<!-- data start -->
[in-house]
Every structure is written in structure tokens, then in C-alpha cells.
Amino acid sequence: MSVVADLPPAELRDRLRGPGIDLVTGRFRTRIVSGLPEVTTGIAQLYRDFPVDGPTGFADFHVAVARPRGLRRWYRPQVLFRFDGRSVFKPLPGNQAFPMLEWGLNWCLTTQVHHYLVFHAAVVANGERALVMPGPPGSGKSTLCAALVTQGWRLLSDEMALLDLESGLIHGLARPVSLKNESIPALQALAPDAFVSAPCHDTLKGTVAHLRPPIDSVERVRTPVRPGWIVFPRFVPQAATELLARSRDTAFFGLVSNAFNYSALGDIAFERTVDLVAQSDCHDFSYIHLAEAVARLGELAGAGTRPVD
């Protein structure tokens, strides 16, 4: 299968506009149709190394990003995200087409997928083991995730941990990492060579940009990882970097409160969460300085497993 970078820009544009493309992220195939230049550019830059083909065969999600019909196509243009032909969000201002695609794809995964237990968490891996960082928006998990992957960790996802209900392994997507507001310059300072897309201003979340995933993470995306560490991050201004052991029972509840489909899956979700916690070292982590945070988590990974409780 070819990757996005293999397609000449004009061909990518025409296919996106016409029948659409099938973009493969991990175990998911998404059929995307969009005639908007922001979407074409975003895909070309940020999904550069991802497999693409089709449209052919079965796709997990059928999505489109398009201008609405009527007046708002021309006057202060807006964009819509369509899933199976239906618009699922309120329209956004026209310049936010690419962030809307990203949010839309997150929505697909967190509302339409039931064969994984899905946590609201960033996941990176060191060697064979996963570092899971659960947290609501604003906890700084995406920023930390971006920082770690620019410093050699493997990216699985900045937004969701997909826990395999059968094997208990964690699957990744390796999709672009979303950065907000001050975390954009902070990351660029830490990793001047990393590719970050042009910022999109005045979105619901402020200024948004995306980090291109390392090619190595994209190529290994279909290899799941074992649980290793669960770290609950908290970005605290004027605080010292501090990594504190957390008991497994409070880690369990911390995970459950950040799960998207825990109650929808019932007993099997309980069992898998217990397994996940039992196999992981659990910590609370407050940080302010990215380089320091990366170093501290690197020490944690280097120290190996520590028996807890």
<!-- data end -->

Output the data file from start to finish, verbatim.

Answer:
[in-house]
Every structure is written in structure tokens, then in C-alpha cells.
Amino acid sequence: MSVVADLPPAELRDRLRGPGIDLVTGRFRTRIVSGLPEVTTGIAQLYRDFPVDGPTGFADFHVAVARPRGLRRWYRPQVLFRFDGRSVFKPLPGNQAFPMLEWGLNWCLTTQVHHYLVFHAAVVANGERALVMPGPPGSGKSTLCAALVTQGWRLLSDEMALLDLESGLIHGLARPVSLKNESIPALQALAPDAFVSAPCHDTLKGTVAHLRPPIDSVERVRTPVRPGWIVFPRFVPQAATELLARSRDTAFFGLVSNAFNYSALGDIAFERTVDLVAQSDCHDFSYIHLAEAVARLGELAGAGTRPVD
């Protein structure tokens, strides 16, 4: 299968506009149709190394990003995200087409997928083991995730941990990492060579940009990882970097409160969460300085497993 970078820009544009493309992220195939230049550019830059083909065969999600019909196509243009032909969000201002695609794809995964237990968490891996960082928006998990992957960790996802209900392994997507507001310059300072897309201003979340995933993470995306560490991050201004052991029972509840489909899956979700916690070292982590945070988590990974409780 070819990757996005293999397609000449004009061909990518025409296919996106016409029948659409099938973009493969991990175990998911998404059929995307969009005639908007922001979407074409975003895909070309940020999904550069991802497999693409089709449209052919079965796709997990059928999505489109398009201008609405009527007046708002021309006057202060807006964009819509369509899933199976239906618009699922309120329209956004026209310049936010690419962030809307990203949010839309997150929505697909967190509302339409039931064969994984899905946590609201960033996941990176060191060697064979996963570092899971659960947290609501604003906890700084995406920023930390971006920082770690620019410093050699493997990216699985900045937004969701997909826990395999059968094997208990964690699957990744390796999709672009979303950065907000001050975390954009902070990351660029830490990793001047990393590719970050042009910022999109005045979105619901402020200024948004995306980090291109390392090619190595994209190529290994279909290899799941074992649980290793669960770290609950908290970005605290004027605080010292501090990594504190957390008991497994409070880690369990911390995970459950950040799960998207825990109650929808019932007993099997309980069992898998217990397994996940039992196999992981659990910590609370407050940080302010990215380089320091990366170093501290690197020490944690280097120290190996520590028996807890």